‘Til debt do us part – Liberal budget 2021
‘Til Debt do us part
The Liberals tabled their first budget in two years, and it was certainly not worth the wait.
Canada is overdrawn, yet Trudeau presented a deficit of more than $350 billion and $100 billion in new spending this year. This is not stimulus spending focused on creating jobs, it is an attempt to entice Canadians with pork-barrel economics, only to become bound by a new vow to Canadians: ‘til debt do us part.
We must accept fact and ignore the political rhetoric.
By next year, Trudeau will have added more debt than all previous Prime Ministers in Canadian history combined. Let that sink in.
Trudeau’s Liberals are mortgaging our children’s and grandchildren’s future with irresponsible spending and the burden of debt. It resembles more of a costly courtship for his re-election, not a plan for recovery.
We must not forget; this debt belongs to all of us so long as our country remains in political matrimony with the Liberals.
Sending the national debt to $1.5 trillion over the next five years is not the proposal Canadians want right now. They want a plan towards recovery, a plan re-open our economy and get Canadians back to work.
Canadians are exhausted and mentally drained because of isolation, business closure and financial hardship.
This cannot be the new normal, Canadians need hope this will end.
Instead of a plan for recovery in the budget the Liberals failed to table a clear strategy to end these lockdowns safely and permanently.
They failed to provide vaccines forcing extended restrictions and quarantines.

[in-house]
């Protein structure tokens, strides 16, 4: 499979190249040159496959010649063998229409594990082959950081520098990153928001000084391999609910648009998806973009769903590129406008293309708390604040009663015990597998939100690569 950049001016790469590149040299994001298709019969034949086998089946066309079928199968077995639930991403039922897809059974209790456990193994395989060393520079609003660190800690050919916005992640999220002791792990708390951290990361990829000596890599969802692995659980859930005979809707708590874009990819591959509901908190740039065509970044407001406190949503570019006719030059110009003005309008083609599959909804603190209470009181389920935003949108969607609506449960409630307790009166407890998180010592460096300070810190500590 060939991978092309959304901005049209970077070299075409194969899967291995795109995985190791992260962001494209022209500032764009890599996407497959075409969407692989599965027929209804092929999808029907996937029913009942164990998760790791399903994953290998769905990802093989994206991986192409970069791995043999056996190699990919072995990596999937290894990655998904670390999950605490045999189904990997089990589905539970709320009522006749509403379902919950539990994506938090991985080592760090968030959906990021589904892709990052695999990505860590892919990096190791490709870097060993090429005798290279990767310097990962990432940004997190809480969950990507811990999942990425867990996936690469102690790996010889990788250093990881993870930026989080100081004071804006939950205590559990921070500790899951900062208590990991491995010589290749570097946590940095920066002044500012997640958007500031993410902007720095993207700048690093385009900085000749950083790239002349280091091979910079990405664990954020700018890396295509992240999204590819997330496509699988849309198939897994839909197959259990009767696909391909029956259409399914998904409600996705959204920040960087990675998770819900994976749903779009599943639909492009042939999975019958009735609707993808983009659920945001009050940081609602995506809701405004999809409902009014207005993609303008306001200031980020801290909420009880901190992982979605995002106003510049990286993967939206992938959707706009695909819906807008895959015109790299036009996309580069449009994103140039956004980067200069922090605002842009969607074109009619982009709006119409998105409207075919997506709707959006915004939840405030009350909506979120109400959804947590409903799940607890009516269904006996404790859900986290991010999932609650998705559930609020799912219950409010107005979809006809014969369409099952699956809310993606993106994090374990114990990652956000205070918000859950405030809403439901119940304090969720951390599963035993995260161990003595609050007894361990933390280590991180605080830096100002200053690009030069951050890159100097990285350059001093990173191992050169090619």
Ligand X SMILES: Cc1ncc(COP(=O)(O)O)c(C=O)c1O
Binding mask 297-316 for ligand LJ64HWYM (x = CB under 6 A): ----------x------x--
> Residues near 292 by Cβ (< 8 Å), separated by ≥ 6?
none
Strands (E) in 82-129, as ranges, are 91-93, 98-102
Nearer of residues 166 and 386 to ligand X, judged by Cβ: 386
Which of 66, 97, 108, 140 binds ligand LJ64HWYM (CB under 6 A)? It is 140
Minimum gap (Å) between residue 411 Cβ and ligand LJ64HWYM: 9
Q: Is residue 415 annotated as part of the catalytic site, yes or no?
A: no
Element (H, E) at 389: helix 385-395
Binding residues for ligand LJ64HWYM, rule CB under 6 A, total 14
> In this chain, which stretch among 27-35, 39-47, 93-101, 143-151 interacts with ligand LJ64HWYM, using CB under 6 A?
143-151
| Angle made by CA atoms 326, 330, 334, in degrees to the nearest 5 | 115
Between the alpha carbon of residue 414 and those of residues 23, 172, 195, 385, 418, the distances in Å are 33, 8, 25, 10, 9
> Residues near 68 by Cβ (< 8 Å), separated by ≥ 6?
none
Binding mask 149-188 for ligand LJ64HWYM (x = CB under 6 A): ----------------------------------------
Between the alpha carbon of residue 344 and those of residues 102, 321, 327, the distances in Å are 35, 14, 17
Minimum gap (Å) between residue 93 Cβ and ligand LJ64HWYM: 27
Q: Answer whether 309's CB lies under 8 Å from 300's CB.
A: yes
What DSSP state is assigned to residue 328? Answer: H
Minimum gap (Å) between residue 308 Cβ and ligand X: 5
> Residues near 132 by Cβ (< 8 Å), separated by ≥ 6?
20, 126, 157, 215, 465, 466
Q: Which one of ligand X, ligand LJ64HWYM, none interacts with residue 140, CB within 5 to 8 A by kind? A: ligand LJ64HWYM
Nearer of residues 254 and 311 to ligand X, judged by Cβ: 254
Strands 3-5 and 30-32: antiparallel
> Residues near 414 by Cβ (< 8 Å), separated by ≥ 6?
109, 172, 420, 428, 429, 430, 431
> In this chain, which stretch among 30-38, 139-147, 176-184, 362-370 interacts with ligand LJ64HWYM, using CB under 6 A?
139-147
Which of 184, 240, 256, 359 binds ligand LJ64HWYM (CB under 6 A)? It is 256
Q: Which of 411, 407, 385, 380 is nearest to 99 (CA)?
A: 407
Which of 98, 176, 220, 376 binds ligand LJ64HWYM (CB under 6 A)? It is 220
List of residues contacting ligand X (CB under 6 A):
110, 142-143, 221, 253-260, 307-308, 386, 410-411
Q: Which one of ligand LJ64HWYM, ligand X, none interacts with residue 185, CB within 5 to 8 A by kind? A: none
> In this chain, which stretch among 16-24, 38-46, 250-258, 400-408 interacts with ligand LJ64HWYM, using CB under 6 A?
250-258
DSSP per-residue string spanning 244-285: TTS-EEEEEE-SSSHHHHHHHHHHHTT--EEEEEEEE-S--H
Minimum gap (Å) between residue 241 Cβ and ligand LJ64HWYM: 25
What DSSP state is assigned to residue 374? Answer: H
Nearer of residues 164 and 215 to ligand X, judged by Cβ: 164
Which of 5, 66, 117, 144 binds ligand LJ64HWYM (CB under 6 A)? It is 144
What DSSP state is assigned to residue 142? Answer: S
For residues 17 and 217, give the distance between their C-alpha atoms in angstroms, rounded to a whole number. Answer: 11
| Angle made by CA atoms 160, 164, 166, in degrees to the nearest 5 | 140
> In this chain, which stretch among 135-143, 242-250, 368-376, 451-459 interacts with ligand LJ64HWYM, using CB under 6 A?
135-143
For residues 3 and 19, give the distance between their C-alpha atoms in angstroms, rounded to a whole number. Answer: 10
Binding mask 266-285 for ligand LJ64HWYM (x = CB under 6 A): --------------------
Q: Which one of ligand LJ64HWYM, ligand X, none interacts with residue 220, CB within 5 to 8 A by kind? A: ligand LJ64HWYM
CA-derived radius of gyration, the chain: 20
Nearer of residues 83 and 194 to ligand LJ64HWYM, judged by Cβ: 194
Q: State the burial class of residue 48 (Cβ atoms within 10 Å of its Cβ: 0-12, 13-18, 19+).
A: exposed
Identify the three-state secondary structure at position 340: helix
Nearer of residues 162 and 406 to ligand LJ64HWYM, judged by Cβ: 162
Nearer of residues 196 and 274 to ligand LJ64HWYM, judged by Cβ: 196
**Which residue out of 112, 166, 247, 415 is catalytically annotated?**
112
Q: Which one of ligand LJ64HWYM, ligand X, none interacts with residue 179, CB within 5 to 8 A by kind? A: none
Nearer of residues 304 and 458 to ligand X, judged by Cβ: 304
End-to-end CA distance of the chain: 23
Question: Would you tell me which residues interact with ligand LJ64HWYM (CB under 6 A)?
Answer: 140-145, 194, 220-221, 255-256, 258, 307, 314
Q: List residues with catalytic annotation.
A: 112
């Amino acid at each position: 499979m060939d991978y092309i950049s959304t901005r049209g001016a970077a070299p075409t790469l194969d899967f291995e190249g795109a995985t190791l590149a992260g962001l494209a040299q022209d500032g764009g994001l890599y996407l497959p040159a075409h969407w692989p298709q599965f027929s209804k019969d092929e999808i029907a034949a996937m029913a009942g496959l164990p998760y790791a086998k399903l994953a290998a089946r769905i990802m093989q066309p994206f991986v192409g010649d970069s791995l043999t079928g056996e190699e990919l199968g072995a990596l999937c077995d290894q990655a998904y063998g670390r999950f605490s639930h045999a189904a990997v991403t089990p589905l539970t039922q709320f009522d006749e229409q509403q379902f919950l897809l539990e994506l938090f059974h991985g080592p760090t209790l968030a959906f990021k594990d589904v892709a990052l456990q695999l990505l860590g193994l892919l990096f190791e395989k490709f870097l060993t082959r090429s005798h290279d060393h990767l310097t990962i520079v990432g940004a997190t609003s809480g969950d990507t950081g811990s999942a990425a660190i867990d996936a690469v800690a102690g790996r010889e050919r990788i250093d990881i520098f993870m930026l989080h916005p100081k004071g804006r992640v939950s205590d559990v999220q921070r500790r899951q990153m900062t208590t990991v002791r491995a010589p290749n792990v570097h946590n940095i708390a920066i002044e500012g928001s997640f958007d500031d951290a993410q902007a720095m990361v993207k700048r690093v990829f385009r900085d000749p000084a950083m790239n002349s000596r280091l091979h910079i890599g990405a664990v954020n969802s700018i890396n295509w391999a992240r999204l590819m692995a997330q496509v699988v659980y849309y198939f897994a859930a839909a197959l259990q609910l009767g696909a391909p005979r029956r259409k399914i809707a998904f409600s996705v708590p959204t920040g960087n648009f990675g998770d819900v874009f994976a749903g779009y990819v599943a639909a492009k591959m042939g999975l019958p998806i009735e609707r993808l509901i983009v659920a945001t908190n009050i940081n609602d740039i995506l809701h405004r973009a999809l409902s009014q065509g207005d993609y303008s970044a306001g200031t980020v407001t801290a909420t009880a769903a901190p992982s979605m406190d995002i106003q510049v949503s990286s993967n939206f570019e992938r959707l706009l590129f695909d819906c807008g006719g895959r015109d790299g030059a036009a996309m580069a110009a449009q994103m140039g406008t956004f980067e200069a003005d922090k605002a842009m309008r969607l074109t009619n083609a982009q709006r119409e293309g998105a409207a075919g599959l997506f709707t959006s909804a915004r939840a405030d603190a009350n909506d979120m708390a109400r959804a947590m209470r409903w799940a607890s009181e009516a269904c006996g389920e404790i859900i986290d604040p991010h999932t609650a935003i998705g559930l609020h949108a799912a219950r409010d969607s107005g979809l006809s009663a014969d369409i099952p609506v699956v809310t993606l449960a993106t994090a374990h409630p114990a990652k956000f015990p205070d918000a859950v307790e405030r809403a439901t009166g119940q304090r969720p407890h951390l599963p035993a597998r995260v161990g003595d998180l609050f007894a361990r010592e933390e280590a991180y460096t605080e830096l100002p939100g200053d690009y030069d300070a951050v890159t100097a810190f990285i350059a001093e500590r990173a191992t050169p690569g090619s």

The budget should have included a clear strategy for the safe and permanent end of lockdowns and hotel quarantines; a role for Alberta energy in Canada’s economic recovery and environmental sustainability; exemption of farm fuels from the carbon tax to support Canadian agriculture; a plan to end unsustainable spending; a viable opioid and mental health strategy; and expansion of access for rural communities for broadband internet.
Even the $30 billion committed to childcare is based on a 50/50 split with the provinces and territories. Provinces, like Alberta, have been decimated by the pandemic and will not have the resources to participate. In addition, it will only be available for government regulated childcare.
In 2006 the Conservative government introduced the Universal Child Care Benefit because parents know better than bureaucrats what is best for their families. Canadian families do not need an Ottawa-knows-best, one-size-fits-all childcare system.
The Liberals have promised a national childcare plan for decades and have never followed through. Without support from the provinces and territories this will be another broken promise by the Liberal government.
The Liberals botched the Canada Student Service Grant program as it was enveloped in scandal and backroom deals with the WE Charity. They failed on CEBA by disqualifying small businesses who needed the loan must because of unnecessary regulatory requirements.
The Auditor General released its ‘pandemic preparedness’ report and found failures in early warning, surveillance, risk assessments, data-sharing with the provinces, and follow-up on Canadian travelers who were ordered into quarantine. Another failed Liberal program.
Trudeau’s Liberals have failed in procuring and distributing vaccines, rapid and home-based tests. The Liberal government has been incompetent on almost every front and Canadians are suffering.
Canada was presented with a 700-page document of a Liberal ‘opportunities’ budget with no fiscal anchors or plan to dig Canada out of this fiscal abyss. These Liberal opportunities will add $330 billion to our national debt over the next five years which will cost $40 billion annually just to service the new Liberal debt.
Canadians wanted a plan to re-open our businesses, get Canadians back to work and rebuild our economy. Instead the Liberals have surpassed $1.4 trillion in debt and now each and every Canadian is saddled with $33,000 in their share of the national debt.
Canada’s Conservatives successfully navigated our country through the last global recession and Canadians know we can do so again.